Similarly, criticism that Petrobras loses too much money on local fuel sales due to low prices are rebutted by a chart that at times, such as in 2009-10, Petrobras has profited from this scheme because its prices were above world levels.

STILL UNREALISTIC

As a result of its soul-searching, Petrobras has scaled back its production goals. While a disappointment in terms of future non-OPEC oil production, Brazil's inability to meet its own targets had always called past forecasts into question.

The company now sees its oil and natural gas liquids output in Brazil reaching only 2.5 million barrels per day in 2016, down from a previous forecast of more than 3 million bpd by 2015.

This slower growth curve is probably more reflective of the reality on the ground, given the huge challenges associated with developing Brazil's massive, but remote "pre-salt" discoveries in the deep waters of the Atlantic Ocean.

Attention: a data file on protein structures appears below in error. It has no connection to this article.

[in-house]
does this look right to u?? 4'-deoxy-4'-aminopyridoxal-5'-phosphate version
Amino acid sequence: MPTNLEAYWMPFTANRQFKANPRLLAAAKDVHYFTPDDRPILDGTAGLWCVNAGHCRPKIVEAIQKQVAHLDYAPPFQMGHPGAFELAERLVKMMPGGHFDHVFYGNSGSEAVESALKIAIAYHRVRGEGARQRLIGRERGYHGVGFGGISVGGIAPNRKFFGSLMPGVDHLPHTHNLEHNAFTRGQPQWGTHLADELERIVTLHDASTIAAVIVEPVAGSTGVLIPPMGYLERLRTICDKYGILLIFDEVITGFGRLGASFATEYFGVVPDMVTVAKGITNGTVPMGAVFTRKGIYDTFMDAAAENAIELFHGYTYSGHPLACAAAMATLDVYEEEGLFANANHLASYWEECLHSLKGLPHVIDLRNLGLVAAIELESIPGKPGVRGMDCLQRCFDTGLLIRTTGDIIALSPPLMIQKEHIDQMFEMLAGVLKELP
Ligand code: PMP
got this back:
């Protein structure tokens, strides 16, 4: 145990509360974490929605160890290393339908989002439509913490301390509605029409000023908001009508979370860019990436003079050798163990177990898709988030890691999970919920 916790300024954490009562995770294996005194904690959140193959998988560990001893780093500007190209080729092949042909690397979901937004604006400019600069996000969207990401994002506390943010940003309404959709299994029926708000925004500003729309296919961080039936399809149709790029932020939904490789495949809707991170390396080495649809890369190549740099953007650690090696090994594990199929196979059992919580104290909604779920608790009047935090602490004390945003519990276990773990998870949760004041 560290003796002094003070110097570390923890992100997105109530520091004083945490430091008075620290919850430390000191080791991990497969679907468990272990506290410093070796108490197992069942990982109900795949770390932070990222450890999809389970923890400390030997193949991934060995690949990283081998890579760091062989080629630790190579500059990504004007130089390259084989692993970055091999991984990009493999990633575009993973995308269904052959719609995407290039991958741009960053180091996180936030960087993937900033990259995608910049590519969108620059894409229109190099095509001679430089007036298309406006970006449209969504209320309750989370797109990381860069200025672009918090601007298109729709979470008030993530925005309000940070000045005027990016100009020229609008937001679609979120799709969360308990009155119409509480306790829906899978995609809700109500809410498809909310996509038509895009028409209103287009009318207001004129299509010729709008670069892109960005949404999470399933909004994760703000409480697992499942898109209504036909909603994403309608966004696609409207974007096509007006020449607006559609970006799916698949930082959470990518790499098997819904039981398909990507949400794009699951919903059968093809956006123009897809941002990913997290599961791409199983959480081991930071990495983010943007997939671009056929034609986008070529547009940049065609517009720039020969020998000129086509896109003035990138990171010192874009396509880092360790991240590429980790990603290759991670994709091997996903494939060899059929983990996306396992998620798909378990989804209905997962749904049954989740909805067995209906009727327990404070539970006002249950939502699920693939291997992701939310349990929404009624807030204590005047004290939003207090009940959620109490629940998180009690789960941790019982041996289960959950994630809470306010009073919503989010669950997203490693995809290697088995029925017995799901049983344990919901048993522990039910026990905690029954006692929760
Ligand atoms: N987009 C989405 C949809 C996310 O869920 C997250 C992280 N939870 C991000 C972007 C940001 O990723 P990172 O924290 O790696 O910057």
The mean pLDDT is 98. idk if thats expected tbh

Yet despite the more pragmatic short term approach, the long-term trajectory of production growth inexplicably accelerates.

This acceleration is surely more the product of wishful thinking despite all the happy talk about standardized projects and streamlined costs.

After all, the presentation goes on to show progress reports for 10 different offshore production facilities, all of which are behind schedule.

As such, the new 4.2 million bpd production goal for 2020 should continue to be viewed with scepticism, even if it is more than 700,000 bpd lower than last year's inflated target.

Similarly the financial disaster at the Pernambuco refinery is promised to be a one-off, with future refining plans held back for renewed study.

But here again, what investors are promised is simply better management and better implementation. The actual plan, and the means chosen to carry out the plan are never really questioned.

STATE MODEL

The root of the problem in Brazil's oil industry lies in the state-directed model that has been adopted.